Peak connections speeds are rising too:

    Globally, peak connection speed increased by 30% over the year to 32.2 Mbps Singapore’s top at 135.4 Mbps, up 63% on the year Increases in average peak connections were in 135 countries Mauritius and Congo achieved average peak connection speeds double over the year Ghana experienced a large fall of 51%, to 8.8 Mbps Tanzania had the lowest average peak connection speed after a 23% quarterly drop to 7.2 Mbps Zambia was bottom last quarter and saw a 22% gain in the third quarter to 9.0 Mbps.

    South Africa, ranked 92 globally, has the highest average and peak speeds of African countries. They’re 3.7Mbps and 18.9 Mbps. They’re up 2.3% and 10% over the year. It also has the highest adoption rate of 22% for >4Mbps, but only ranked 90 globally. Its rate’s 2.9% for >10Mps. Both are down, 5.2% and 15% respectively. All other African countries increased their 4Mbps adoption rates.

    Internet Protocol version 4 (IPv4) addresses authorised by AFRINIC, the Regional Registry for Internet Number Resources serving the African Internet Community increased from about half a million to about five million. Globally, IPv6’s expanding. It’s an evolutionary standard running alongside IPv4 that increases the pool address. It offers technical improvements too.

    With Africa’s expanding mHealth base, mobile connectivity’s vital. Ericsson found that global mobile data traffic grew by 14% between the second and third quarters of 2015. Voice seems stable, while the growth in data’s shooting up from about 200 petabytes a month in 2010 to about 4,700 in 2015’s third quarter. The growth in video’s fuelling the rise.

    In this context, the Broadband Commission’s report, The State of Broadband 2015, shows Africa’s mobile broadband connections as 5% of the population. Asia Pacific’s top at 50%. In Africa, Fibre to the Home (FTTH) is a considerable challenge. The Return on Investment (ROI) to suppliers isn’t attractive when FTTH opportunities remain in urban areas. For rural and remote communities, government spending’s a requirement, but usually limited by affordability constraints.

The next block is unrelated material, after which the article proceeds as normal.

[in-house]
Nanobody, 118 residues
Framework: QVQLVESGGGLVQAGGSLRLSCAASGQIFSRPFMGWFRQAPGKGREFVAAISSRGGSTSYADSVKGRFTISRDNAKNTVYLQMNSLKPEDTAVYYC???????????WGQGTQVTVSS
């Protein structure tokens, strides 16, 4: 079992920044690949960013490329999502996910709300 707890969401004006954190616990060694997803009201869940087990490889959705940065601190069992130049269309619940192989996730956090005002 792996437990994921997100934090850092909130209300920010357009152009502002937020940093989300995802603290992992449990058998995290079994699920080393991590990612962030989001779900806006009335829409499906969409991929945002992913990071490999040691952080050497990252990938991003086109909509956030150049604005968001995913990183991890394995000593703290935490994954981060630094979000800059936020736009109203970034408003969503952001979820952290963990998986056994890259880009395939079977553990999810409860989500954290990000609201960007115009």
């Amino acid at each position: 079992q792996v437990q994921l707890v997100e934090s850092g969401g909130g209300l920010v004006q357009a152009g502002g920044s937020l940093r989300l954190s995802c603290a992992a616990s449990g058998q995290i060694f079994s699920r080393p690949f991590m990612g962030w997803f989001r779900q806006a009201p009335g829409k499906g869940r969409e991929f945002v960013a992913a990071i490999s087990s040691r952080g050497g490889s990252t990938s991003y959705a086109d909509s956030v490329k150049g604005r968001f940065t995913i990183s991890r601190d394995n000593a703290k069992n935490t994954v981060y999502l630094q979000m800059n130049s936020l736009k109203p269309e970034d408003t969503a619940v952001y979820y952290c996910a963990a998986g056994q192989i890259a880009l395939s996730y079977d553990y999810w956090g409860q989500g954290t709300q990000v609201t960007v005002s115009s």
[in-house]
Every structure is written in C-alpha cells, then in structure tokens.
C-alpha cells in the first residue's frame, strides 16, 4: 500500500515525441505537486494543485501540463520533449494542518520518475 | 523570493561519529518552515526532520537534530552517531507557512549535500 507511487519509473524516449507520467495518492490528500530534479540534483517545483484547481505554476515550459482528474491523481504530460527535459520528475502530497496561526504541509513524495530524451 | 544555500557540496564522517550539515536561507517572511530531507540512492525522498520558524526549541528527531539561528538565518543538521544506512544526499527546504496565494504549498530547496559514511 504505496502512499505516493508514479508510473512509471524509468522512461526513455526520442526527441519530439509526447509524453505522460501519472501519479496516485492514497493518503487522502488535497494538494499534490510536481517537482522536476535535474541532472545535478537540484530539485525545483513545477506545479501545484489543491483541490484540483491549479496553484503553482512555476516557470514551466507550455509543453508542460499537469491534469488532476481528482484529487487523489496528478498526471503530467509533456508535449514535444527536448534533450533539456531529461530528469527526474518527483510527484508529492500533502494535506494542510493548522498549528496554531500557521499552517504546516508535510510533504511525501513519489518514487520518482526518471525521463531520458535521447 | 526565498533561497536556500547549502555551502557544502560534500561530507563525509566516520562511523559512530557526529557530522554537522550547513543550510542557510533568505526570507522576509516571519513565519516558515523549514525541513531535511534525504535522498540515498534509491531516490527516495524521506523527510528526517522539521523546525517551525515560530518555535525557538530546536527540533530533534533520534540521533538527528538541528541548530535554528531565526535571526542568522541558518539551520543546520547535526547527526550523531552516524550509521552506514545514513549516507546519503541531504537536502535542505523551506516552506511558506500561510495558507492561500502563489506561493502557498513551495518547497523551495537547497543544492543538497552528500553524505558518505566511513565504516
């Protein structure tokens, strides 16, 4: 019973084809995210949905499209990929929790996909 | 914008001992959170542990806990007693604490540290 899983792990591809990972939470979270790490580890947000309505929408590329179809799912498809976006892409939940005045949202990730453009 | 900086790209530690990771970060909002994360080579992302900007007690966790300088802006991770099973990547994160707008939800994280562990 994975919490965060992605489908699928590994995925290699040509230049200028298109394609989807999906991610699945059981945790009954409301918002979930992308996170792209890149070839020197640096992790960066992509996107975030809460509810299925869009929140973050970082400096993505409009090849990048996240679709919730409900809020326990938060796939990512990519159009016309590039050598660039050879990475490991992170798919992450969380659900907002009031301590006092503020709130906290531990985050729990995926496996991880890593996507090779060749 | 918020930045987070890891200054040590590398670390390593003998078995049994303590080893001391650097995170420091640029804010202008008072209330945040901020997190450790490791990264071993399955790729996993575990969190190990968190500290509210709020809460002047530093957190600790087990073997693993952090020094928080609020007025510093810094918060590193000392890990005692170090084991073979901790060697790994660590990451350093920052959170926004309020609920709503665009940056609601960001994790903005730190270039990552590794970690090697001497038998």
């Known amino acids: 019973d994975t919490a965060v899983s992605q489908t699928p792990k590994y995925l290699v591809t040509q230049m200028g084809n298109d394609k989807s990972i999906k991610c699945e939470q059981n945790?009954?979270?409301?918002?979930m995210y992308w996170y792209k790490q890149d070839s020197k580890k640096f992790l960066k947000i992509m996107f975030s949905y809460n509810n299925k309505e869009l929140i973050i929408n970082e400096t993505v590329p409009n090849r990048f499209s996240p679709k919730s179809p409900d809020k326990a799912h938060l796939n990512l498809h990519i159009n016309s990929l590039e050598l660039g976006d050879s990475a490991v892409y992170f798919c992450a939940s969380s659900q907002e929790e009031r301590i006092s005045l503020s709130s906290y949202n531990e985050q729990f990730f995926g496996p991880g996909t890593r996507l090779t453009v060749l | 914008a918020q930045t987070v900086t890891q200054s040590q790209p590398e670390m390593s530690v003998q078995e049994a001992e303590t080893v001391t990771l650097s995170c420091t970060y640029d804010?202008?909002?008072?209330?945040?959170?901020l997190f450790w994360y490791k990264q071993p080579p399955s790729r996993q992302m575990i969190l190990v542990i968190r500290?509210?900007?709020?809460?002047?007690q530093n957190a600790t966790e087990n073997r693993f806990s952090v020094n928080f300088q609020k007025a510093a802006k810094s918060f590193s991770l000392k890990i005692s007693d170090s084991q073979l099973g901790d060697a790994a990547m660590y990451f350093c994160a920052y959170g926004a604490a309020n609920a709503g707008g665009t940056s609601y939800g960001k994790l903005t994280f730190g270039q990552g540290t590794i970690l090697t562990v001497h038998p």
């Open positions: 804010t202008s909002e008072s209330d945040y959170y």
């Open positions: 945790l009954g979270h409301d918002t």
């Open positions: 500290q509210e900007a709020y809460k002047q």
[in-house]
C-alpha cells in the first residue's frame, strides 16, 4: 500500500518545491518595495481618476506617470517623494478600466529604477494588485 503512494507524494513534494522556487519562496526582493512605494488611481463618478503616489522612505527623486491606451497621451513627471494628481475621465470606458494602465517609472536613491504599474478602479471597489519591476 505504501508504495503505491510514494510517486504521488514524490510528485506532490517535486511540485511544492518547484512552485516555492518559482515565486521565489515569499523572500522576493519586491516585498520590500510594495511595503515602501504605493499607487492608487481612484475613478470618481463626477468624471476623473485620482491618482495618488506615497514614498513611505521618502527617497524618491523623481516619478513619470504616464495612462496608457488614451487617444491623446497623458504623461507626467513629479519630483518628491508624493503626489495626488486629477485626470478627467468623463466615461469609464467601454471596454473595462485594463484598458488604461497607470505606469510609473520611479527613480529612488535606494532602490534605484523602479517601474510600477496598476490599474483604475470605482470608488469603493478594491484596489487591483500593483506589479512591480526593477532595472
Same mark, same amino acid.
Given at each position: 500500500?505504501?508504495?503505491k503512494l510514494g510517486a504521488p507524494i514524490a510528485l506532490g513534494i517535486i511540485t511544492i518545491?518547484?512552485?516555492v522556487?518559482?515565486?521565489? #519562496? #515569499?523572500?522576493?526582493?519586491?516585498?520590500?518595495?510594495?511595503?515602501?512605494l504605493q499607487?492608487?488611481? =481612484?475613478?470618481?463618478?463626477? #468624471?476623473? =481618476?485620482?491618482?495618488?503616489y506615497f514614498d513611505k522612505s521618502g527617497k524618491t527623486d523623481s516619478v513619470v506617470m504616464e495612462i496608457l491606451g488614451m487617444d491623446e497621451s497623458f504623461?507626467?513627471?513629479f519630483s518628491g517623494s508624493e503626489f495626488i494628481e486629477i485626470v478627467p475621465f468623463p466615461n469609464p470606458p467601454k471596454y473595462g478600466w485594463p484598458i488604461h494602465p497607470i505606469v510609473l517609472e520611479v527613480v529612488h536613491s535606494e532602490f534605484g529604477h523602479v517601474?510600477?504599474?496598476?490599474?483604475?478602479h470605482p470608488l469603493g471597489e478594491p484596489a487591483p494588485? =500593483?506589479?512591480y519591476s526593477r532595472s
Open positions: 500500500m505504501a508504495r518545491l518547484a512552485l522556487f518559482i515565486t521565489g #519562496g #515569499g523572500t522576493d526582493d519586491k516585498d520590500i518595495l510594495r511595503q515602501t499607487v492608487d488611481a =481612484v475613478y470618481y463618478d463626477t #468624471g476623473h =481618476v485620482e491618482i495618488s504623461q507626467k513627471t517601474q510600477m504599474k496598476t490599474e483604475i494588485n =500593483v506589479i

The report highlights Internet of Things (IoT) as a broadband driver. More alarmingly for Africa, it describes a new digital divide. Some 30 years ago, a UN Commission published the Maitland Report to identify actions needed to deal the growing digital divide in telecommunications. Progress masks a new, growing digital divide in the next Internet phase driven by IoT. Africa’s estimated growth is from 1 new, connected device to 1.4 per person from 2014 to 2019. North America’s estimate’s 6.1 to 11.6. Western Europe’s 4.4 to 8.2. From a start already below the rest of the world, Africa’s forecast to bump along.

    Africa’s eHealth’s affected adversely by these broadband and Internet trends. eHNA’s already reported on GE’s IoT for health goals. These opportunities will be constrained if Africa’s healthcare can’t have more broadband capacity. eHNA’ll post tomorrow on possibilities to turn the trend up.

  • Gulf to Africa cable coming soon